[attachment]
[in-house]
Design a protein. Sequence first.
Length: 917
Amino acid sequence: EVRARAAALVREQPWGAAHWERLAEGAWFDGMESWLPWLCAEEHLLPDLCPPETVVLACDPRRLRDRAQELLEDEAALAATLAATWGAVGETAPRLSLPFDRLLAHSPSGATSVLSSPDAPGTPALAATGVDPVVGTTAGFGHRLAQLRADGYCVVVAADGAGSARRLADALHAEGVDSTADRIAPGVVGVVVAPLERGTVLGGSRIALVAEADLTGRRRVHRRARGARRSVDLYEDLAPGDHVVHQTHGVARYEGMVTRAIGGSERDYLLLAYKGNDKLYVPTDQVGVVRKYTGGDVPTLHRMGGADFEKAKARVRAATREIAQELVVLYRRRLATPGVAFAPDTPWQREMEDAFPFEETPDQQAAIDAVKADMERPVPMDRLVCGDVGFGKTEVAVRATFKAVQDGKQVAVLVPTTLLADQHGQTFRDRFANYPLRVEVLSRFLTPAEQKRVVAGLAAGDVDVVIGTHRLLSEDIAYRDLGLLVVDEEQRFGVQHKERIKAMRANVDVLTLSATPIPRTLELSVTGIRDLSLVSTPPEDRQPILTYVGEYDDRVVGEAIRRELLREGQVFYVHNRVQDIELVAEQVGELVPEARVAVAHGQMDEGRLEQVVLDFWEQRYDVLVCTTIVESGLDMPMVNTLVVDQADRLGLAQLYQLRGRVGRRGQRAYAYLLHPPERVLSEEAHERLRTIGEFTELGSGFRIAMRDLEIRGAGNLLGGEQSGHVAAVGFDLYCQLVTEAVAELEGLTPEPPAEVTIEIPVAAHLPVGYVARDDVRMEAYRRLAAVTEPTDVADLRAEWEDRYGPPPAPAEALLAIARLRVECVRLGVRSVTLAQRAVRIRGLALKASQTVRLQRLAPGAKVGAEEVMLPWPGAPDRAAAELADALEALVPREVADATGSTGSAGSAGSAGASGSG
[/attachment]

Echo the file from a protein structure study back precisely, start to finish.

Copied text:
[in-house]
Design a protein. Sequence first.
Length: 917
Amino acid sequence: EVRARAAALVREQPWGAAHWERLAEGAWFDGMESWLPWLCAEEHLLPDLCPPETVVLACDPRRLRDRAQELLEDEAALAATLAATWGAVGETAPRLSLPFDRLLAHSPSGATSVLSSPDAPGTPALAATGVDPVVGTTAGFGHRLAQLRADGYCVVVAADGAGSARRLADALHAEGVDSTADRIAPGVVGVVVAPLERGTVLGGSRIALVAEADLTGRRRVHRRARGARRSVDLYEDLAPGDHVVHQTHGVARYEGMVTRAIGGSERDYLLLAYKGNDKLYVPTDQVGVVRKYTGGDVPTLHRMGGADFEKAKARVRAATREIAQELVVLYRRRLATPGVAFAPDTPWQREMEDAFPFEETPDQQAAIDAVKADMERPVPMDRLVCGDVGFGKTEVAVRATFKAVQDGKQVAVLVPTTLLADQHGQTFRDRFANYPLRVEVLSRFLTPAEQKRVVAGLAAGDVDVVIGTHRLLSEDIAYRDLGLLVVDEEQRFGVQHKERIKAMRANVDVLTLSATPIPRTLELSVTGIRDLSLVSTPPEDRQPILTYVGEYDDRVVGEAIRRELLREGQVFYVHNRVQDIELVAEQVGELVPEARVAVAHGQMDEGRLEQVVLDFWEQRYDVLVCTTIVESGLDMPMVNTLVVDQADRLGLAQLYQLRGRVGRRGQRAYAYLLHPPERVLSEEAHERLRTIGEFTELGSGFRIAMRDLEIRGAGNLLGGEQSGHVAAVGFDLYCQLVTEAVAELEGLTPEPPAEVTIEIPVAAHLPVGYVARDDVRMEAYRRLAAVTEPTDVADLRAEWEDRYGPPPAPAEALLAIARLRVECVRLGVRSVTLAQRAVRIRGLALKASQTVRLQRLAPGAKVGAEEVMLPWPGAPDRAAAELADALEALVPREVADATGSTGSAGSAGSAGASGSG